Antiretrovirals to prevent HIV infection: Pre-and postexposure prophylaxis

Division of Infectious Disease, University of North Carolina at Chapel Hill, 130 Mason Farm Road, CB #7030, Chapel Hill, NC 27599, USA.
Current Infectious Disease Reports (Impact Factor: 1.68). 08/2008; 10(4):323-31. DOI: 10.1007/s11908-008-0052-5
Source: PubMed

ABSTRACT More than 3 million people are now receiving antiretroviral therapy (ART) worldwide. Currently, the indications for ART depend primarily on CD4 count, blood viral burden, and clinical signs and symptoms suggesting advanced HIV disease. However, interest is increasing in ART's preventive potential. Postexposure prophylaxis following both occupational and nonoccupational exposure to HIV is the standard-of-care in many settings. Observational and ecologic studies suggest that ART administered to HIV-infected people reduces transmission within serodiscordant couples. Pre-exposure prophylaxis to prevent HIV infection is a potentially safe and intermittent intervention for very high-risk people, and clinical trials to evaluate this preventive strategy are underway. The prevention benefits of ART may begin to affect the decision of when to start therapy and add a much-needed strategy to current HIV prevention efforts.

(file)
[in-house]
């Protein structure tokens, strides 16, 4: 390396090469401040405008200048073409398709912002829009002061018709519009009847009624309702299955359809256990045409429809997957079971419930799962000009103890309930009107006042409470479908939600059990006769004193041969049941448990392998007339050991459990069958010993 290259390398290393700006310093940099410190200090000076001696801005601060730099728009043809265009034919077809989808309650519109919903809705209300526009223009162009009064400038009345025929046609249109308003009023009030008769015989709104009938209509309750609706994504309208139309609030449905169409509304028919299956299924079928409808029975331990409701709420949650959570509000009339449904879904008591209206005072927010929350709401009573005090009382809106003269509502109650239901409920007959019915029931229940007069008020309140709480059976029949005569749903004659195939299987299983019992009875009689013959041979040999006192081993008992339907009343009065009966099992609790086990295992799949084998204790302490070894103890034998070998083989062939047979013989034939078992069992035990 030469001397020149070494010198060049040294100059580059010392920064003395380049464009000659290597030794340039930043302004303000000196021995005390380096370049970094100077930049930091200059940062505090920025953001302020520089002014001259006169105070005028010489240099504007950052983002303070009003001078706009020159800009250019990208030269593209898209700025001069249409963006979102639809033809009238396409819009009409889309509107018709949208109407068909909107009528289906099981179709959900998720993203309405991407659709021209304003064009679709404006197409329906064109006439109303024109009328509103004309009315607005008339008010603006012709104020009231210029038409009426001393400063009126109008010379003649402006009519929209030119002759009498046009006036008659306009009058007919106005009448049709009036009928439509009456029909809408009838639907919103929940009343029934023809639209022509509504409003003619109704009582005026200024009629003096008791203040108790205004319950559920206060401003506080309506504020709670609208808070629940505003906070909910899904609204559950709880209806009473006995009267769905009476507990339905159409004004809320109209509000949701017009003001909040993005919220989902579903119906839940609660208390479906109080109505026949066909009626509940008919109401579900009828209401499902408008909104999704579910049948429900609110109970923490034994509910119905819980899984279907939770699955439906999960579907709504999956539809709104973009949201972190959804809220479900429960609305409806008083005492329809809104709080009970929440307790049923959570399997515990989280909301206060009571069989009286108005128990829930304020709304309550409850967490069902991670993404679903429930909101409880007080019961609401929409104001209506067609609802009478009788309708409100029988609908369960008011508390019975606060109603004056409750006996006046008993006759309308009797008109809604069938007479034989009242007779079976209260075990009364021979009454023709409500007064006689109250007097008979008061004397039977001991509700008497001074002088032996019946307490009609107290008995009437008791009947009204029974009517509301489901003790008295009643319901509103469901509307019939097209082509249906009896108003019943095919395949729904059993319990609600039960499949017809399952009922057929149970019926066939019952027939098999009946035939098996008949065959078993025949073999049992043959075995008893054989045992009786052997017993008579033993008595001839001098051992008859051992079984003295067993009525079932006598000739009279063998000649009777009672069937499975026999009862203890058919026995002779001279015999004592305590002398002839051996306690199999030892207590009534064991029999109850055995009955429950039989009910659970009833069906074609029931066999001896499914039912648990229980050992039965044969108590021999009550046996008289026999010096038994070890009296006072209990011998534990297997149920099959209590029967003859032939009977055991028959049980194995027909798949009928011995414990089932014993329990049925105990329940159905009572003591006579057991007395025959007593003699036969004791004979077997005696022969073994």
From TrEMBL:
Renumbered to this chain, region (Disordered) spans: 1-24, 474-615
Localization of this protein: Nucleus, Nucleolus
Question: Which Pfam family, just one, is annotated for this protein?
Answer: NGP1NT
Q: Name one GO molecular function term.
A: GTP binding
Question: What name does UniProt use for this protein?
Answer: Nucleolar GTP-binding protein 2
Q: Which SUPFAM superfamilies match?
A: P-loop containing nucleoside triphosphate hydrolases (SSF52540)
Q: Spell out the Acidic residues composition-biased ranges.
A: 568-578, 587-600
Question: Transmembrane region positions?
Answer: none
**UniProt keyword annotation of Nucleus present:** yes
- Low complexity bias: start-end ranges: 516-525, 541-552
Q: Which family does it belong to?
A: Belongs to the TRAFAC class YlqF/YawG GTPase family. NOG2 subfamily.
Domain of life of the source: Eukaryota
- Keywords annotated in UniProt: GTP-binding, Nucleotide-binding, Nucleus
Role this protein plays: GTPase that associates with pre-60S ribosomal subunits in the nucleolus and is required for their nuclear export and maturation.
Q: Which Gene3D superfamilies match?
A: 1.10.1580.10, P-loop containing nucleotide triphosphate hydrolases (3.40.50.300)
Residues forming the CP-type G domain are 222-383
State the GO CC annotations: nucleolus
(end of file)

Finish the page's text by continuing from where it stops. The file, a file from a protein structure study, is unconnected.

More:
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Available from: Cynthia L Gay, Sep 28, 2015
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    • "HIV viral load is the key determinant of viral transmission, as demonstrated clearly in observational studies of sexual transmission among HIV-discordant couples; in those studies, no transmission was seen when the index case had a plasma viral load below 1,000 copies HIV ribonucleic acid (RNA)/mL [25,26]. By reducing plasma viral load to undetectable levels (<50 copies HIV RNA/mL), it is assumed that ART will also suppress viral burden in the genital tract to levels at which transmission is unlikely to occur [27,28], although genital shedding of HIV can sometimes occur even when plasma viraemia is suppressed [29]. While vertical HIV transmission occurs via a different route, proof of concept is provided by trials of PMTCT, which have demonstrated that HIV transmission from mother to child before, during, or after delivery is largely prevented by ART [10-12]. "
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